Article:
Everyone likes an underdog. Northwood boys’ basketball is always the underdog — every single game.
Not a single Northwood player is among the Toledo Area Athletic Conference leaders in scoring, rebounding, and likely not in any other category, either.
Heading into last Friday’s contest against visiting Maumee Valley Country Day, the Rangers were 0-10 overall, 0-6 in the TAAC. They are losing by an average of 44.4 points per contest.
They scored 30-plus points just once, their closest loss — a 58-31 loss to North Baltimore. Five times Northwood did not even score 20 points, and in the season opener at Evergreen, scored just eight points.
|Northwood sophomore guard Joey Woody (5)
passes to a teammate. (Press photo by
There is only one senior and one junior in the entire program, and when the season started, there were 16 sophomores and freshmen.
Yet, second-year coach Jim Scharer likes what he’s seeing. While driving to Northwood from his day job at Fremont City Schools, he is looking forward to practice.
“I have to be truly honest — I’m very pleased with where we are in the process. I told my kids early in the year that this is a process. They will be put in the fire and fire can do two things — it can destroy you or it can bond you. I think it’s having a bonding effect,” Scharer said.
“I’m extremely proud of them. The (opposing) coaches after every game say, ‘Just hang in there,’ and I say, ‘I don’t have to hang in there, Coach. Let me tell you something, I have great kids. I wish you could come to one of my practices because the kids are trying to learn and they are trying hard on a nightly basis to get better, and that’s all I can ask.’
“They are in a very good place where they want to learn and every kid who wants to learn is fun coaching. It’s one of those things where it’s not been a grind at all.
“I get calls from coaches who are in the stands who say, ‘I can’t believe how hard your kids are playing, especially when I look at the scoreboard.’ I just tell them, ‘That’s because these kids understand that this is part of life. If you experience adversity and if you fight through it, you are going to be better on the other side. If you just walk through life in a situation where everything comes easy, then when things do get difficult, that’s when people become quitters and the one thing I don’t have is quitters.’”
Now, mostly because of injuries, Scharer’s program is down to 15 players. Freshmen and sophomores on the varsity, including starters, often play a quarter of the junior varsity game, and the coach moved two more freshmen to the varsity because of injuries. There are six freshmen (Gavin Fritz, Evan LaPlante, Austin Krueger, Nick Bonnette, Donnie Nino, Caleb Price) and five sophomores (Dillan Cathers, Joey Woody, Scott Slater, Jacob Vickers, Jayson Johnson) who have gotten varsity experience this year.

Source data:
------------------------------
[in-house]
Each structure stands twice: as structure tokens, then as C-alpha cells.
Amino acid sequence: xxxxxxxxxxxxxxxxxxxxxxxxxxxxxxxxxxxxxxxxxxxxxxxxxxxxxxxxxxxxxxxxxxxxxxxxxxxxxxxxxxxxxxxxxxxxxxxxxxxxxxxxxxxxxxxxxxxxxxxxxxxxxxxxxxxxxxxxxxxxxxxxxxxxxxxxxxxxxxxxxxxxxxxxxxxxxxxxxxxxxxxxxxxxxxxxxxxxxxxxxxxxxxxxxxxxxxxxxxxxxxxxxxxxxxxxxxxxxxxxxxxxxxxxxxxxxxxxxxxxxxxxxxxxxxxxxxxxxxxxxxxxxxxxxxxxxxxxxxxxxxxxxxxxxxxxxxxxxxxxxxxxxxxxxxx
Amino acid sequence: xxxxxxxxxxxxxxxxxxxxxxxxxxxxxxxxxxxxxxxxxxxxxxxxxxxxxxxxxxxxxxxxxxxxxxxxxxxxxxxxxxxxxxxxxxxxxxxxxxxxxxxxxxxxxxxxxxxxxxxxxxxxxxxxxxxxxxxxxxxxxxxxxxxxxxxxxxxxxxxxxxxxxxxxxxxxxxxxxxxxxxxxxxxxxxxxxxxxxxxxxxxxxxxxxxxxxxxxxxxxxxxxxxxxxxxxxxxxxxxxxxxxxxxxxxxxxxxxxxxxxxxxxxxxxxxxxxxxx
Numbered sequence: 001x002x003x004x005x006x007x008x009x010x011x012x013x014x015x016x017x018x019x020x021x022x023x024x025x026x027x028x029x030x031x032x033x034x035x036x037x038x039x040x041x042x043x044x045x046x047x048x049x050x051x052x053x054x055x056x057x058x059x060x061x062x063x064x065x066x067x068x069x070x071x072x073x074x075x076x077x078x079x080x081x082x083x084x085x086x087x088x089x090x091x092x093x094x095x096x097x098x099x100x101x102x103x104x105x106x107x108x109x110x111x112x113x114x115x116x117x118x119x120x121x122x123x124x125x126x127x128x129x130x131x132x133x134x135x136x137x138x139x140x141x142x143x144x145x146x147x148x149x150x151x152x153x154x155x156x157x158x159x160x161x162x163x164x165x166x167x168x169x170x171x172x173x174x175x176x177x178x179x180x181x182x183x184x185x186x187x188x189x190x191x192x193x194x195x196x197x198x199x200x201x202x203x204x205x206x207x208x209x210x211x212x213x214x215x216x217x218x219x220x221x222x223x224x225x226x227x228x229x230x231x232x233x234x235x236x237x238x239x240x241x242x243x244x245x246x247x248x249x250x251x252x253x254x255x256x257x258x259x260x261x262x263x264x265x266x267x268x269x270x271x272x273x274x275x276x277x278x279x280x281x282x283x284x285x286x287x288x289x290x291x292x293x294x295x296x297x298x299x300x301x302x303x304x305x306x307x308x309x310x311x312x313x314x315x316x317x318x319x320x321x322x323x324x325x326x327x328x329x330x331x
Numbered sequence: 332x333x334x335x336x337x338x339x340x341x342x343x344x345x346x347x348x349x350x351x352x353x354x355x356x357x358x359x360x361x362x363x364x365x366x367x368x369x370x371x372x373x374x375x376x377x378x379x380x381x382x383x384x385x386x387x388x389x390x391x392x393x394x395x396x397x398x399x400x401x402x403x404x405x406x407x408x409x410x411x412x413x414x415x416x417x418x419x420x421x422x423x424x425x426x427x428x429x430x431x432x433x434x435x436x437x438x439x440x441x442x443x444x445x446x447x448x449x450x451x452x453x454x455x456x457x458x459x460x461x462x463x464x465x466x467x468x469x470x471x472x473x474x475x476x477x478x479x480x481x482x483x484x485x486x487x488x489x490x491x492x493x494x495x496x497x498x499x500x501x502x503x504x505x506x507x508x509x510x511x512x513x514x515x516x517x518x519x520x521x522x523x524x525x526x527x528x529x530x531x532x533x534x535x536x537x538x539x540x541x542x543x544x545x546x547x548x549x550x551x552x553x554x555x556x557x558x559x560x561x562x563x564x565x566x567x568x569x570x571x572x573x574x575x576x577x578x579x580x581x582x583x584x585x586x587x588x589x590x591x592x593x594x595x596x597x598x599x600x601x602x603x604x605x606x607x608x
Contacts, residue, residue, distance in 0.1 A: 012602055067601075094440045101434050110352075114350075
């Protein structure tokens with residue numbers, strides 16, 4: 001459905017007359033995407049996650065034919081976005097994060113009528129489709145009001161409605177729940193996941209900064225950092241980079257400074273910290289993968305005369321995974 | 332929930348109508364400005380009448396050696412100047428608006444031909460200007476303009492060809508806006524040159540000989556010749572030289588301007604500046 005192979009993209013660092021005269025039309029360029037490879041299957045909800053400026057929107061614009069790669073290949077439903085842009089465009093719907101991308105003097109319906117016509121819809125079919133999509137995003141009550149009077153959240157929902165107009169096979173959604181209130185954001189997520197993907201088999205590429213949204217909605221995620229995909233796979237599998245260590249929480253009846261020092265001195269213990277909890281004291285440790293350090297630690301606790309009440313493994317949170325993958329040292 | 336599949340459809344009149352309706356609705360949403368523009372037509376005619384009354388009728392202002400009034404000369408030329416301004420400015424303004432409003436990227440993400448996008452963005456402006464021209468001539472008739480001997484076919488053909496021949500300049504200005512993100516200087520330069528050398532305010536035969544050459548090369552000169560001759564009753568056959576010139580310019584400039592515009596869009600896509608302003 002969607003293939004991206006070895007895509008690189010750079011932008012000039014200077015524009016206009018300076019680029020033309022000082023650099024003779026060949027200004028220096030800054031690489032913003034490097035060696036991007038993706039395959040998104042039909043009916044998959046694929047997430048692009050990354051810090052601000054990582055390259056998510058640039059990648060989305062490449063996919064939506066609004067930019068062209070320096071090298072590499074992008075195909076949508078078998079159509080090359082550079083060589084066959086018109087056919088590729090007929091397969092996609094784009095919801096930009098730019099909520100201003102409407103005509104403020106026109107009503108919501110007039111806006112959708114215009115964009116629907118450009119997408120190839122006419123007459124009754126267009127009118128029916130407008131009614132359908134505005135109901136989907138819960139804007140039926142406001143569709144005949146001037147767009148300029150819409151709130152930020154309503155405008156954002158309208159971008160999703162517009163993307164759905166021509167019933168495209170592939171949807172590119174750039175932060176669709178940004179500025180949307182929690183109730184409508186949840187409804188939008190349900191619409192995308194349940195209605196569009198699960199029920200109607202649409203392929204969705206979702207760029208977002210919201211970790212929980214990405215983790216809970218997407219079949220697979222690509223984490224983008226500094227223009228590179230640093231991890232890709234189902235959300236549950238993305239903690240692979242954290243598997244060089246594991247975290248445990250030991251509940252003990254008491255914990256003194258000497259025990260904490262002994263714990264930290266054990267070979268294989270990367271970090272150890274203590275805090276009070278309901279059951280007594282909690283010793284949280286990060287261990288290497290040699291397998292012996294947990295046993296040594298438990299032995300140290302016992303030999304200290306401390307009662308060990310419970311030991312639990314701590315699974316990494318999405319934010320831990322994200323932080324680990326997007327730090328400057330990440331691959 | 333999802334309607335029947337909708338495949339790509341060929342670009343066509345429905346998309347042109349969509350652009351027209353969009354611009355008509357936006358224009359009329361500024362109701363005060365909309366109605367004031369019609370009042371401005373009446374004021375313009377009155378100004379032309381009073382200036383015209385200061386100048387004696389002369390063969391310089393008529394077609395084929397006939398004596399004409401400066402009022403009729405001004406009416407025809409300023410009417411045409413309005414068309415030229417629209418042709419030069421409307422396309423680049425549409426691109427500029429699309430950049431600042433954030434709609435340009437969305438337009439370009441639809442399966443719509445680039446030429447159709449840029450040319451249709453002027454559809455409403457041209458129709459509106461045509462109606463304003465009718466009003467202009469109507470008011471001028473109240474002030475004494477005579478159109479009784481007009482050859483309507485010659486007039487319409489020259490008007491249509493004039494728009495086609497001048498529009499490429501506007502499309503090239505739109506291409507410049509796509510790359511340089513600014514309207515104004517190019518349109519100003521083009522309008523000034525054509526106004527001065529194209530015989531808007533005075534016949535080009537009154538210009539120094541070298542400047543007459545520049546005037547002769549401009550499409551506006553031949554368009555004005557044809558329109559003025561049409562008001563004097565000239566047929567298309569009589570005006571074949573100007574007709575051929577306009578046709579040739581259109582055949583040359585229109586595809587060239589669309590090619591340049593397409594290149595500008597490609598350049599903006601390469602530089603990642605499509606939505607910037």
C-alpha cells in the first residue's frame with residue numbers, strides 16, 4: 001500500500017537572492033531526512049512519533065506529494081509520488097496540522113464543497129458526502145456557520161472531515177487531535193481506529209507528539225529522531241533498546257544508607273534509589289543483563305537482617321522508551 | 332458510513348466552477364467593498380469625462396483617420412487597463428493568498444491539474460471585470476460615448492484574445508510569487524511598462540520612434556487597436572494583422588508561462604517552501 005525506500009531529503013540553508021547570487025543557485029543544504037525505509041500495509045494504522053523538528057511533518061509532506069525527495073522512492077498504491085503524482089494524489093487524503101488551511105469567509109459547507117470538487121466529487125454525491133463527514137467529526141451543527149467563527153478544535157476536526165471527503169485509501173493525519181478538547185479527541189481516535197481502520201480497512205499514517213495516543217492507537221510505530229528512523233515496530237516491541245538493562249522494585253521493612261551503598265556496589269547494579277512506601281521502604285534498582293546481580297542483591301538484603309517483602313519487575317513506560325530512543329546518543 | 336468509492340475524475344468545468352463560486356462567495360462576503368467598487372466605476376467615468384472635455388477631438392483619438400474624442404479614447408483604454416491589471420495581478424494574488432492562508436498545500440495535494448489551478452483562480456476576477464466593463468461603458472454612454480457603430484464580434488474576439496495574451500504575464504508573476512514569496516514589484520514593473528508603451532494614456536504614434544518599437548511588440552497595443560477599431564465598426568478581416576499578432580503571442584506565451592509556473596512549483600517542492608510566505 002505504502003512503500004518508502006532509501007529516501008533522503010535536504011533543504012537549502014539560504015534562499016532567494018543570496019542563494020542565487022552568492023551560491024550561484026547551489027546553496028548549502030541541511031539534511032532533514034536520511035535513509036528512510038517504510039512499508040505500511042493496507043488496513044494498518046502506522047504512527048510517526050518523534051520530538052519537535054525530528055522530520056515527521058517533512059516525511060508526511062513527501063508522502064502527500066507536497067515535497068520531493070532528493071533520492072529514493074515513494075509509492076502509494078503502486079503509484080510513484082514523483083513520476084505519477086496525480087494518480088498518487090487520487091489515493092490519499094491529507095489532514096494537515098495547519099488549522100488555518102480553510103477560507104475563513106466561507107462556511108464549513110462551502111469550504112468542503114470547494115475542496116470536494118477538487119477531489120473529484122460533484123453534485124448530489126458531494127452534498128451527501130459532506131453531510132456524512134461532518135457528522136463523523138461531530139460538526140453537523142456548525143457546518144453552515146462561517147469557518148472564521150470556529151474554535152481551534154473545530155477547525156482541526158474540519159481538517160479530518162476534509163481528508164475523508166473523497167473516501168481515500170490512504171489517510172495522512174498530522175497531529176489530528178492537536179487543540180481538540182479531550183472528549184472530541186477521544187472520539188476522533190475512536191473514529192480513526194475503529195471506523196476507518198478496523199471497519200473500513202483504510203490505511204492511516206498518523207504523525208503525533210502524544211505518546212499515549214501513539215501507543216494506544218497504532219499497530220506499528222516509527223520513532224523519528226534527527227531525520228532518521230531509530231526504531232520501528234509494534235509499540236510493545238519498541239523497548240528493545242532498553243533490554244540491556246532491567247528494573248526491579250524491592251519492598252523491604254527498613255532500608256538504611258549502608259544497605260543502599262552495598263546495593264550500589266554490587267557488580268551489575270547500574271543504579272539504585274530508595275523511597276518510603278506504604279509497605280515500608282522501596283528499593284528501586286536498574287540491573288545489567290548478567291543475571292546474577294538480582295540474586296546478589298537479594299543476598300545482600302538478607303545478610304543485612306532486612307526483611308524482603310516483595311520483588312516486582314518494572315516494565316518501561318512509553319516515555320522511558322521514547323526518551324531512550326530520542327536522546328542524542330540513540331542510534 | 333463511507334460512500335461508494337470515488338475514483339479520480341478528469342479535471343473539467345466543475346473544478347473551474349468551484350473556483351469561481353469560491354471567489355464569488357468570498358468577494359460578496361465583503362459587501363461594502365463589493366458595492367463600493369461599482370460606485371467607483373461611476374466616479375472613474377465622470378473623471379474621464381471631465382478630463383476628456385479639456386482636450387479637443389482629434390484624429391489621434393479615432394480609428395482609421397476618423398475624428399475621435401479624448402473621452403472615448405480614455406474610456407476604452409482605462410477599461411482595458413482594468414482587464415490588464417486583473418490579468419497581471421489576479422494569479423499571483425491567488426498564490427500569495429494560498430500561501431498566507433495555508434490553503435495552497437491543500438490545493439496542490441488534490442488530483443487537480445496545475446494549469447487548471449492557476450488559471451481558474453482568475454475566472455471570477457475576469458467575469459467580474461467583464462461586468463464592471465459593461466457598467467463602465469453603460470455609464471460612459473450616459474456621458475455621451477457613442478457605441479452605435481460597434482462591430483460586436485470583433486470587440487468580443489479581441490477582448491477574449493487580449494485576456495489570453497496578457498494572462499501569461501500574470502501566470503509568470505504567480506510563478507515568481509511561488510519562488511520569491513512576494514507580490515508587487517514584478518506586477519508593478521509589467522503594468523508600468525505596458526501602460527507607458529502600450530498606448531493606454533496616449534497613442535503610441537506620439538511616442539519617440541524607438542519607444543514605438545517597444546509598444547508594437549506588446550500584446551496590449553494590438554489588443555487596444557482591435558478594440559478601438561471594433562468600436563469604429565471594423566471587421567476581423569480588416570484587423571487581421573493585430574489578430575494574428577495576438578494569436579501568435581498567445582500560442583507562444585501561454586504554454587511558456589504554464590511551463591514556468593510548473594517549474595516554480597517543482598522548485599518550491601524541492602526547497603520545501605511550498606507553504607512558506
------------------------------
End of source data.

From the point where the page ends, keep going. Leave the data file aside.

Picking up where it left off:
The junior varsity and freshman teams are garnering wins, the seventh grade team was on a three-game winning streak, and a clinic is set to run twice weekly for grade schoolers.
Meanwhile, Scharer says 5-foot-6 senior Dustin Sigurdson and 5-10 junior Stephen Sutton are setting a positive example for the younger varsity players.
“They’ve really been leaders. They’ve worked really, really hard and they’ve almost had to model the hard work that it takes to be a varsity basketball player,” Scharer said.
“The thing is, both of them, coming into this year really had no experience doing that, either. It’s been even more difficult for them, but they’ve both stepped up. The other kids had not even experienced the intensity and the difficultness of playing in a varsity competition.”
Scharer, who starred at Clay during his playing days, believes he knows what it will take to bring the program back.
“We’re trying to establish a little continuity throughout the entire school. It’s one of those things is it’s going to have to be a culture change,” Scharer said. “It’s going to have to be an understanding that basketball is one of those sports that is fun to play, yet it takes a lot of skills for it. It’s one of those sports where you can’t just be a great athlete.
Scharer, who has coaching help from former Northwood players Erick Scharer (JV coach), his son, and Louis Farhrbach (varsity assistant), believes this year’s varsity may not finish the season winless, either.
“I firmly believe that there is a chance to win a couple, or three games. In fact right now, we have to shoot the basketball better. When you’re shooting 20 percent, you’re not going to win basketball games,” Head Coach Scharer said.
The head coach plans on doing what he can to keep interest high in the offseason.
“If we can get them to realize that basketball is not just November through February, I really believe that if we have some kids who are committed to the game, that in a couple years we are going to be approaching where we are competing with every school in our league,” Scharer said. “I mean, I really believe that, and it’s a very good basketball league.”